Adverse radiation effect and freedom from progression following repeat stereotactic radiosurgery for brain metastases

Penny K. SneedDepartment of Radiation Oncology, University of California, San Francisco;

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Jason W. ChanDepartment of Radiation Oncology, University of California, San Francisco;

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Lijun MaDepartment of Radiation Oncology, University of Southern California, Los Angeles;

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Steve E. BraunsteinDepartment of Radiation Oncology, University of California, San Francisco;

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Philip V. TheodosopoulosDepartment of Neurological Surgery, University of California, San Francisco, California; and

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Shannon E. FoghDepartment of Radiation Oncology, University of California, San Francisco;

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Jean L. NakamuraDepartment of Radiation Oncology, University of California, San Francisco;

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Lauren BoretaDepartment of Radiation Oncology, University of California, San Francisco;

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David R. RaleighDepartment of Radiation Oncology, University of California, San Francisco;
Department of Neurological Surgery, University of California, San Francisco, California; and

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Benjamin P. ZiemerDepartment of Radiation Oncology, University of California, San Francisco;

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Olivier MorinDepartment of Radiation Oncology, University of California, San Francisco;

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Shawn L. Hervey-JumperDepartment of Neurological Surgery, University of California, San Francisco, California; and

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Michael W. McDermottDivision of Neurosurgery, Miami Neuroscience Institute, Baptist Health South Florida, Miami, Florida

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OBJECTIVE

The authors previously evaluated risk and time course of adverse radiation effects (AREs) following stereotactic radiosurgery (SRS) for brain metastases, excluding lesions treated after prior SRS. In the present analysis they focus specifically on single-fraction salvage SRS to brain metastases previously treated with SRS or hypofractionated SRS (HFSRS), evaluating freedom from progression (FFP) and the risk and time course of AREs.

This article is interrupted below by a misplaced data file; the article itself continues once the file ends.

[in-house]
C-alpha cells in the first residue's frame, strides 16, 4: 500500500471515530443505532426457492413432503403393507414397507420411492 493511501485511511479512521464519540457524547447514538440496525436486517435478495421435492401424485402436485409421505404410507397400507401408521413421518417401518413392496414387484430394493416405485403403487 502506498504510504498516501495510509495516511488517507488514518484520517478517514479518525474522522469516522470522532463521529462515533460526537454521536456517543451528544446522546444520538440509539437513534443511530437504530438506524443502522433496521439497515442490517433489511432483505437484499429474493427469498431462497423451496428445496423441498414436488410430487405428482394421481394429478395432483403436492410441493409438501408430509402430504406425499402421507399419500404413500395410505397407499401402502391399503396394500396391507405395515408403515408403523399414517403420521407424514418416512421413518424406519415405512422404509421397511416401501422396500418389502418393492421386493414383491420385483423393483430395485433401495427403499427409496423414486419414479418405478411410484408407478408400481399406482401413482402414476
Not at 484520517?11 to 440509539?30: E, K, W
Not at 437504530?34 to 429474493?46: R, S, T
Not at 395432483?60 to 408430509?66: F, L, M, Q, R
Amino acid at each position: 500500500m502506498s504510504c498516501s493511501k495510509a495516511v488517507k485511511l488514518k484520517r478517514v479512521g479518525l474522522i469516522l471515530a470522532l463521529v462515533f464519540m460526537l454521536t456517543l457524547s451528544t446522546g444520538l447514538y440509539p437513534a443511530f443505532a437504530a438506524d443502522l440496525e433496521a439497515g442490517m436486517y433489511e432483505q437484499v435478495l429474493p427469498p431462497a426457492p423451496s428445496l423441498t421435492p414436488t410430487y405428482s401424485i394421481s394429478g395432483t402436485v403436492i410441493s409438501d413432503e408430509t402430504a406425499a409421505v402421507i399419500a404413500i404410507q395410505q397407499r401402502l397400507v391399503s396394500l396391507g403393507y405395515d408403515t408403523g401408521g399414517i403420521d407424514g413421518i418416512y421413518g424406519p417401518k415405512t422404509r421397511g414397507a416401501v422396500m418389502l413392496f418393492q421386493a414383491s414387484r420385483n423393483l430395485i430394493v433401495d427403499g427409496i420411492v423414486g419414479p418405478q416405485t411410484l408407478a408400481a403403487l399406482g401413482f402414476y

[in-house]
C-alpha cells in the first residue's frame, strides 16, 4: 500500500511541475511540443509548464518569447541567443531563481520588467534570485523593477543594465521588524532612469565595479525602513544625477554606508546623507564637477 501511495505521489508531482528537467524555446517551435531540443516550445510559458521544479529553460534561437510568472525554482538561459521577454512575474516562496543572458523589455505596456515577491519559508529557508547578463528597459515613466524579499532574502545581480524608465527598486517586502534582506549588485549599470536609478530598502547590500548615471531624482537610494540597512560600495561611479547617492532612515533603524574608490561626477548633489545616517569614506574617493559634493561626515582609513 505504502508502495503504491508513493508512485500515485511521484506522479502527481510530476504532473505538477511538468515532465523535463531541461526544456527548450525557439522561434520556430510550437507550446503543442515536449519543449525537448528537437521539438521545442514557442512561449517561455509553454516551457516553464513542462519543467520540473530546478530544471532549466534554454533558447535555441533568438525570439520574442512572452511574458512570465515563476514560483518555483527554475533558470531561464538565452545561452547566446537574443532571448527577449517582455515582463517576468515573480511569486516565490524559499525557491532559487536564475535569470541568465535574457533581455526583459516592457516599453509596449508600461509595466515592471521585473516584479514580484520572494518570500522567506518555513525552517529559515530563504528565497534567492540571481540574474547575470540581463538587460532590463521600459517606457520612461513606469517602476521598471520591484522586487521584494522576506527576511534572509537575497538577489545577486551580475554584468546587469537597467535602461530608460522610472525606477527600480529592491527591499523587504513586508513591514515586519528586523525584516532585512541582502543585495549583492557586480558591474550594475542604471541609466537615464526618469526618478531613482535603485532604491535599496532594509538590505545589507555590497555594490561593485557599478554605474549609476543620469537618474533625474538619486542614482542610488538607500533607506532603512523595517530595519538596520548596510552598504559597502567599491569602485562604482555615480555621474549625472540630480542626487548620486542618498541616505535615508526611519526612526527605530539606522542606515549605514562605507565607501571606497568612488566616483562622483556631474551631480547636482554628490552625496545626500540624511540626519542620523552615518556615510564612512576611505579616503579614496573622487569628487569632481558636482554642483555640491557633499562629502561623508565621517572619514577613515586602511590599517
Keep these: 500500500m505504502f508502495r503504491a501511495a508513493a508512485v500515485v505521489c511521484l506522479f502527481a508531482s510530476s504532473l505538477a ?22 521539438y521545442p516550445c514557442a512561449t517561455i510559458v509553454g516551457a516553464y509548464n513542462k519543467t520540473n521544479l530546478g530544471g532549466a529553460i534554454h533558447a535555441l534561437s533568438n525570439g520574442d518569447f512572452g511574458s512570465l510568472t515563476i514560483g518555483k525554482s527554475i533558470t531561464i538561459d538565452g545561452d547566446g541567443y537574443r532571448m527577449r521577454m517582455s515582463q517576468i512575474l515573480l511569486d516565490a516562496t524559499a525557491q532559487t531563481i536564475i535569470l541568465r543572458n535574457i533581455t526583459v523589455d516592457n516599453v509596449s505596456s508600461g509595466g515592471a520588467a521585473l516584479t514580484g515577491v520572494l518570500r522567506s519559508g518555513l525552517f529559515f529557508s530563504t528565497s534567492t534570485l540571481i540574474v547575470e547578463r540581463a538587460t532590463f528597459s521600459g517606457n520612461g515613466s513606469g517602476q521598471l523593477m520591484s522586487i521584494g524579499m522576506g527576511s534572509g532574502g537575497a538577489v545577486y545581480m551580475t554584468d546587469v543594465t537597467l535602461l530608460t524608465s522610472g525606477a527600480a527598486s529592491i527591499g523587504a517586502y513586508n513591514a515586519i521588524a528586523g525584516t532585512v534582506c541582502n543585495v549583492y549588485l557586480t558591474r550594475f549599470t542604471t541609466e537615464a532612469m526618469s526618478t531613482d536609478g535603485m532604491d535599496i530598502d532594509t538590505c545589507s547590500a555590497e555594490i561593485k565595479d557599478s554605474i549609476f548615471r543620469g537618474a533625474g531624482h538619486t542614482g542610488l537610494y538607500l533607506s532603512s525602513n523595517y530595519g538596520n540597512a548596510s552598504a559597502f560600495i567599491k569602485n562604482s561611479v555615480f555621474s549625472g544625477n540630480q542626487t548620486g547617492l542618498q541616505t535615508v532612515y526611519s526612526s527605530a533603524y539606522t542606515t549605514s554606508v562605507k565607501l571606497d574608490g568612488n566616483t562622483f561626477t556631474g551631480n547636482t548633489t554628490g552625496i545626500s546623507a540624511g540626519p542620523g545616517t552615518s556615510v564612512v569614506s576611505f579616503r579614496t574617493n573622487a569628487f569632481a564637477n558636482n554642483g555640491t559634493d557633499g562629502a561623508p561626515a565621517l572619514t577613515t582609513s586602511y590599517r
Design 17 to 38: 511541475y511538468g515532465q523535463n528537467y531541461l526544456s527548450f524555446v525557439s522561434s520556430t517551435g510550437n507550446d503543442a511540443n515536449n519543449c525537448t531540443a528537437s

METHODS

Brain metastases treated from September 1998 to May 2019 with single-fraction SRS after prior SRS or HFSRS were analyzed. Serial follow-up magnetic resonance imaging (MRI) and surgical pathology reports were reviewed to score local treatment failure and AREs. The Kaplan-Meier method was used to estimate FFP and risk of ARE measured from the date of repeat SRS with censoring at the last brain MRI.

RESULTS

A total of 229 retreated brain metastases in 124 patients were evaluable. The most common primary cancers were breast, lung, and melanoma. The median interval from prior SRS/HFSRS to repeat SRS was 15.4 months, the median prescription dose was 18 Gy, and the median duration of follow-up imaging was 14.5 months. At 1 year after repeat SRS, FFP was 80% and the risk of symptomatic ARE was 11%. The 1-year risk of imaging changes, including asymptomatic RE and symptomatic ARE, was 30%. Among lesions that demonstrated RE, the median time to onset was 6.7 months (IQR 4.7–9.9 months) and the median time to peak imaging changes was 10.1 months (IQR 5.6–13.6 months). Lesion size by quadratic mean diameter (QMD) showed similar results for QMDs ranging from 0.75 to 2.0 cm (1-year FFP 82%, 1-year risk of symptomatic ARE 11%). For QMD < 0.75 cm, the 1-year FFP was 86% and the 1-year risk of symptomatic ARE was only 2%. Outcomes were worse for QMDs 2.01–3.0 cm (1-year FFP 65%, 1-year risk of symptomatic ARE 24%). The risk of symptomatic ARE was not increased with tyrosine kinase inhibitors or immunotherapy before or after repeat SRS.

CONCLUSIONS

RE on imaging was common after repeat SRS (30% at 1 year), but the risk of a symptomatic ARE was much less (11% at 1 year). The results of repeat single-fraction SRS were good for brain metastases ≤ 2 cm. The authors recommend an interval ≥ 6 months from prior SRS and a prescription dose ≥ 18 Gy. Alternatives such as HFSRS, laser interstitial thermal therapy, or resection with adjuvant radiation should be considered for recurrent brain metastases > 2 cm.

ABBREVIATIONS

ARE = adverse RE; FFP = freedom from progression; HFSRS = hypofractionated SRS; MRI = magnetic resonance imaging; PET = positron emission tomography; RE = radiation effect; QMD = quadratic mean diameter; SRS = stereotactic radiosurgery; TKI = tyrosine kinase inhibitor; WBRT = whole-brain radiotherapy.
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Figure from Ramos et al. (pp 95–103).

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